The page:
Fudo, the Immovable One, a Poster-Child for Fierceness

Here is an interesting story, I may not be getting this perfectly right, but this is the mythology that’s been passed down in my lineage. My lineage traces its roots back through Sojiji Monastery in Japan. There are two main Soto lineage head monasteries, Sojiji and Eiheiji. Sojiji, not in its current location but it’s a previous iteration, evolved at a spot that had previously been a Shingon temple. It had been a temple associated with the Vajrayana Buddhism as it manifested in Japan. You’re most familiar with it probably in terms of Tibetan Buddhism, Tibetan Vajrayana, but Tantric Buddhism also had a presence in China and also came to Japan. In Japan it’s called Shingon. There apparently was a Shingon temple there and then, fortunes changed and it became a Soto Zen temple. When temples were taken over in this fashion in Asia, it was typical to honor the deities or gods or spirits that were previously held in honor with the previous iteration of the temple. You didn’t eject deities. Shingon deity then Fudo Myo-o or earlier iterations is Acala or Achala was present in Sojiji and got adopted into this particular Soto Zen lineage.

Fudo is quite a character. He’s what they call a Dharma Protector. He’s not a god, per say, but he’s a supernatural kind of being. There are many different Dharma Protectors. Fudo means immoveable or removeable one. He is portrayed either sitting or standing on a rock and he’s surrounded by flames. He’s got a really fierce expression on his face, his brow is furrowed, and he’s often portrayed as having fangs sticking out of his mouth, one of them sticking up, one of them sticking down. In one hand, he holds a rope to bind delusions, and in the other hand, sure enough, a sword to cut through delusions. The idea is that he will stand immovable in the midst of hell and in the midst of fire because his vow is strong enough to cut through delusions and liberate living beings. In my lineage, instead of Samantabhadra, we had Fudo on one of our side altars. He was always present in our Zendo.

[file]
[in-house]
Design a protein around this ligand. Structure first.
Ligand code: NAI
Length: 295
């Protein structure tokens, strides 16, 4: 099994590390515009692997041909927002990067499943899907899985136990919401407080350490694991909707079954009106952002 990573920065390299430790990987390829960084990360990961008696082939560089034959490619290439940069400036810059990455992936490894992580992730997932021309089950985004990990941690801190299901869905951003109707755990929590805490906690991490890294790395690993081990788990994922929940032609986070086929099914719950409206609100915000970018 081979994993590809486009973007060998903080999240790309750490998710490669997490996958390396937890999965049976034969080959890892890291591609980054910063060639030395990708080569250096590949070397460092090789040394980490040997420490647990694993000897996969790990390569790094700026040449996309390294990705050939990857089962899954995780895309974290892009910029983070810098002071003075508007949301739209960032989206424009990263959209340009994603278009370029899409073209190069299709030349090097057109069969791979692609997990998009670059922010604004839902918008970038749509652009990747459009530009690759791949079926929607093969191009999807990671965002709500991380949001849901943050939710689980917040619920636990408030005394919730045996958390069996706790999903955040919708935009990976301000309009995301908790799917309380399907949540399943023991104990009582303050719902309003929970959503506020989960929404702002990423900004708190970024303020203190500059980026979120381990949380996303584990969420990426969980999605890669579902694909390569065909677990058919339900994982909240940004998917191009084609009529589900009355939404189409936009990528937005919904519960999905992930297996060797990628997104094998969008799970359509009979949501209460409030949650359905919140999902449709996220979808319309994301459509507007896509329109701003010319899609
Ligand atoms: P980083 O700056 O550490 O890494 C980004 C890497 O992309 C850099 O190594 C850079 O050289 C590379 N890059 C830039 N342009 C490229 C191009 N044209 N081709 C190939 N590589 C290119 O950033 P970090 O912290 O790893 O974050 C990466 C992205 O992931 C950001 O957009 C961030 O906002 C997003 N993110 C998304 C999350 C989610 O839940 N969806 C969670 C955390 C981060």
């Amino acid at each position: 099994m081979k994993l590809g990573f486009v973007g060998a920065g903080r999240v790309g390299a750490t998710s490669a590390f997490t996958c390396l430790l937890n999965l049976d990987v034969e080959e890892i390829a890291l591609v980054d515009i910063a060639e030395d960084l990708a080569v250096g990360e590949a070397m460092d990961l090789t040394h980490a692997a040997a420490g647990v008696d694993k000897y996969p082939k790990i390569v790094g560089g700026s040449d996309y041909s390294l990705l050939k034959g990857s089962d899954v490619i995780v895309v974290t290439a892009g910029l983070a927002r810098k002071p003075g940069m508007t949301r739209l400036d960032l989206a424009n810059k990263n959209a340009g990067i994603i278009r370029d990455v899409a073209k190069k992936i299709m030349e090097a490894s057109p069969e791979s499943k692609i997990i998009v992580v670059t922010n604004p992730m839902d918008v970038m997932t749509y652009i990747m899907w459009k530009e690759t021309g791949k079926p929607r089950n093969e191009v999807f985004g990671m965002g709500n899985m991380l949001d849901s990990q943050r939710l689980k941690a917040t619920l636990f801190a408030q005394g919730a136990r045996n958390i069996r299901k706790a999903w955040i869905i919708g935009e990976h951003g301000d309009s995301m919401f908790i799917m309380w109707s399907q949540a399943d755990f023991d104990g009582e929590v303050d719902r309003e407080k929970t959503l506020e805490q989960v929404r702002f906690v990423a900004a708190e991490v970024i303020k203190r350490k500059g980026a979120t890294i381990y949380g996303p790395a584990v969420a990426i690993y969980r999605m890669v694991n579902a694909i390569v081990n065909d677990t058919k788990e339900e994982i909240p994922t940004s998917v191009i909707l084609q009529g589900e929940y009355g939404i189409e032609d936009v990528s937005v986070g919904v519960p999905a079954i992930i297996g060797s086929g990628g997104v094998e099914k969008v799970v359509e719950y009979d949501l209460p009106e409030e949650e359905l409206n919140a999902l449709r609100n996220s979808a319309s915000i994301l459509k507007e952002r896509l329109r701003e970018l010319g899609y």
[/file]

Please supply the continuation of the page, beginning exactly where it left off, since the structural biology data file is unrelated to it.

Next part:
Take or Leave Images of Fierceness and Compassionate Anger

I feel like these fierce images, Fudo and to some extent Samantabhadra, the wrathful face of Avalokiteshvara, and Manjushri with his sword are calling to us to develop some kind of energy, the clarity of a warrior, while at the same time being like that poem from the 13th Dalai Lama. Our mission is to harm ignorance and delusion, never living beings. 

The imagery of a sword or a weapon may or may not work for you. We had a discussion about this at my son’s center and somebody pointed out: what would it look like to us if we portrayed Fudo or Manjushri holding a gun? What exactly is being conveyed by this inclusion of a weapon? I do want to say a little disclaimer here that, you know, all of our Buddhist teachings and tools and images are medicine for particular ills. Sometimes a particular teaching or particular practice or a particular image is very useful to us, and sometimes that’s exactly the wrong thing. I invite you to take or leave this kind of imagery.

In terms of the sword, this is metaphorical. Maybe a more appropriate image might be a surgeon’s scalpel. Something that in the short run might do some harm and it might actually cut skin or flesh, but it’s for a good purpose. What is the place of fierceness and anger in our practice given that we know it can be such a destructive energy?


The Dalai Lama on Compassionate Anger

Dalai Lama, in a book called Be Angry, says:

“There are two types of anger. One type arises out of compassion; that kind of anger is useful. Anger that is motivated by compassion or a desire to correct social injustice, and does not seek to harm the other person, is a good anger that is worth having… Anger brings more energy, more determination, more forceful action to correct injustice…